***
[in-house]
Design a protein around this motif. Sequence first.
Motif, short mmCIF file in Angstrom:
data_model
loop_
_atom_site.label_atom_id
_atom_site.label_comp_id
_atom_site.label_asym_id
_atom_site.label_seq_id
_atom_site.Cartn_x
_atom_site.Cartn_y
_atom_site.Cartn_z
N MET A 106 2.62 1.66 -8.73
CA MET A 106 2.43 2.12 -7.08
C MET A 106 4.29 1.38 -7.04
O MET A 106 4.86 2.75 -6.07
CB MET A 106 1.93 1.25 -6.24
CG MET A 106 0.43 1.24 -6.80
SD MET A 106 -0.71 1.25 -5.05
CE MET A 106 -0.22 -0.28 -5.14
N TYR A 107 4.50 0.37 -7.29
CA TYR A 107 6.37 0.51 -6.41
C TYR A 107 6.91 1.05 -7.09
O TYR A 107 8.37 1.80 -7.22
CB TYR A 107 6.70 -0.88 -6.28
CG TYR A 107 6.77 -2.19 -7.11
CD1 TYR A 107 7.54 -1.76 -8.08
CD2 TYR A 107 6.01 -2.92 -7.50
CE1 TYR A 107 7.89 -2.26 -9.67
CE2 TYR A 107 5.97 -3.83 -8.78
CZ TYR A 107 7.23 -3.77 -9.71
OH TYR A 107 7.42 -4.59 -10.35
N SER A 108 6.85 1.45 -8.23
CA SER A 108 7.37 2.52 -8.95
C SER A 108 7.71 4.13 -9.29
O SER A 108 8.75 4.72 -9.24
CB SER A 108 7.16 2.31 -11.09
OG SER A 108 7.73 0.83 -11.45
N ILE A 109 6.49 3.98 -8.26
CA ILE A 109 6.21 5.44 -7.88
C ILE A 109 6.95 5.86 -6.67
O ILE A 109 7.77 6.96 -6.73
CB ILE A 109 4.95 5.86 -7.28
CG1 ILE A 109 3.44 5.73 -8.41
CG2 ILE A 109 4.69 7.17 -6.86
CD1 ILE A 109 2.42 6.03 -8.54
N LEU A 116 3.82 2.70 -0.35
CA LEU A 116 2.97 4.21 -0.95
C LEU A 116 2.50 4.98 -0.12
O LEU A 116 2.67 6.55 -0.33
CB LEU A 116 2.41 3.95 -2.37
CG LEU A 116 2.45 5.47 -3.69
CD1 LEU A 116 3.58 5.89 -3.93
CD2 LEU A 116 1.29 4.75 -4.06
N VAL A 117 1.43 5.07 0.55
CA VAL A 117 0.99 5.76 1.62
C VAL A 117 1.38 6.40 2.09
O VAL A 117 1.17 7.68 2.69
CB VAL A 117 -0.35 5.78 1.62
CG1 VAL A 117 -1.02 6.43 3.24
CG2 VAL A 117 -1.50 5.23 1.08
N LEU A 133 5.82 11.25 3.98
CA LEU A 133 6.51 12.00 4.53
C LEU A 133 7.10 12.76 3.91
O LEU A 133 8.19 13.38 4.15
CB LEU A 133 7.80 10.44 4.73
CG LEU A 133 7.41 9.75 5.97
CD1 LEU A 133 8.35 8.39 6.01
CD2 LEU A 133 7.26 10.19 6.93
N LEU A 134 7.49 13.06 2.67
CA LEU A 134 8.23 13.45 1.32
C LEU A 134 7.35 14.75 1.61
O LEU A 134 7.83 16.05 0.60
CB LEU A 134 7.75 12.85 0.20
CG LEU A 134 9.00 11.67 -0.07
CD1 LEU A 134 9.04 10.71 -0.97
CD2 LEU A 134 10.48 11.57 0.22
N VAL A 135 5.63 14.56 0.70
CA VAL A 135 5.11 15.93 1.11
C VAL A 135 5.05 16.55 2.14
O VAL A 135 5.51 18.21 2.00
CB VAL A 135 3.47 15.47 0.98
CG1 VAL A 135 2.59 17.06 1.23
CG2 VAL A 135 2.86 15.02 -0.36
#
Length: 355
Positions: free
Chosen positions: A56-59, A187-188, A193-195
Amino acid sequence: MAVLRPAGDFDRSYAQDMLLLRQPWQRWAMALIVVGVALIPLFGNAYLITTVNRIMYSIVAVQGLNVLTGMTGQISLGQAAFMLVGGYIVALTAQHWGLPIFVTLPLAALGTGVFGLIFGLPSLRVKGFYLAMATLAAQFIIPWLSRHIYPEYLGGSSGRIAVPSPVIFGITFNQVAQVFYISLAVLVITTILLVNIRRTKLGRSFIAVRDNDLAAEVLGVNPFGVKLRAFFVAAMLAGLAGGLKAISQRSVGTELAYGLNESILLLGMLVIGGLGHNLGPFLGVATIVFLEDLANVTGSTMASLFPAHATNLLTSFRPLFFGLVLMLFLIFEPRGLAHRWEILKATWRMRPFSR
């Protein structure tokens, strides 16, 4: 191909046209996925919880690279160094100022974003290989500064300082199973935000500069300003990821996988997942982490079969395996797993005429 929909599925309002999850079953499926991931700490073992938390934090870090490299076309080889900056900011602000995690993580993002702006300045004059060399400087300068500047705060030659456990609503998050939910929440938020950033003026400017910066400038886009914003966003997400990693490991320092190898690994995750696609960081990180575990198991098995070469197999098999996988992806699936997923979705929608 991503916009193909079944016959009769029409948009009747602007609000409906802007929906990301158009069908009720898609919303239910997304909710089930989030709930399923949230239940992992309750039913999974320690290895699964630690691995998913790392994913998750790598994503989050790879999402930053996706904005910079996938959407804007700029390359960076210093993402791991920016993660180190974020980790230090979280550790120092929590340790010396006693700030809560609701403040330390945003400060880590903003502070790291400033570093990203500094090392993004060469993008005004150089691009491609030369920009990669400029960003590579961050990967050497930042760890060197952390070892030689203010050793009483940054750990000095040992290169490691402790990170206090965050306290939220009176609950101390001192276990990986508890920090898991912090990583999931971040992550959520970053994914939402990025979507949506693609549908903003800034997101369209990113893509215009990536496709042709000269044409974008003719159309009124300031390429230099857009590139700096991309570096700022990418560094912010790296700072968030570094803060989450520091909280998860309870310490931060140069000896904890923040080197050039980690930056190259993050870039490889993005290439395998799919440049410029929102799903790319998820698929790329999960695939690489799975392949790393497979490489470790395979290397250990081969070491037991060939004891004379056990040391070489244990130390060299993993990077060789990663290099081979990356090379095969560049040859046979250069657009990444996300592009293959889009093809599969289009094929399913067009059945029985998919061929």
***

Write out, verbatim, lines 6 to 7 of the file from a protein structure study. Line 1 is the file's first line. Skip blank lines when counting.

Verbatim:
_atom_site.label_atom_id
_atom_site.label_comp_id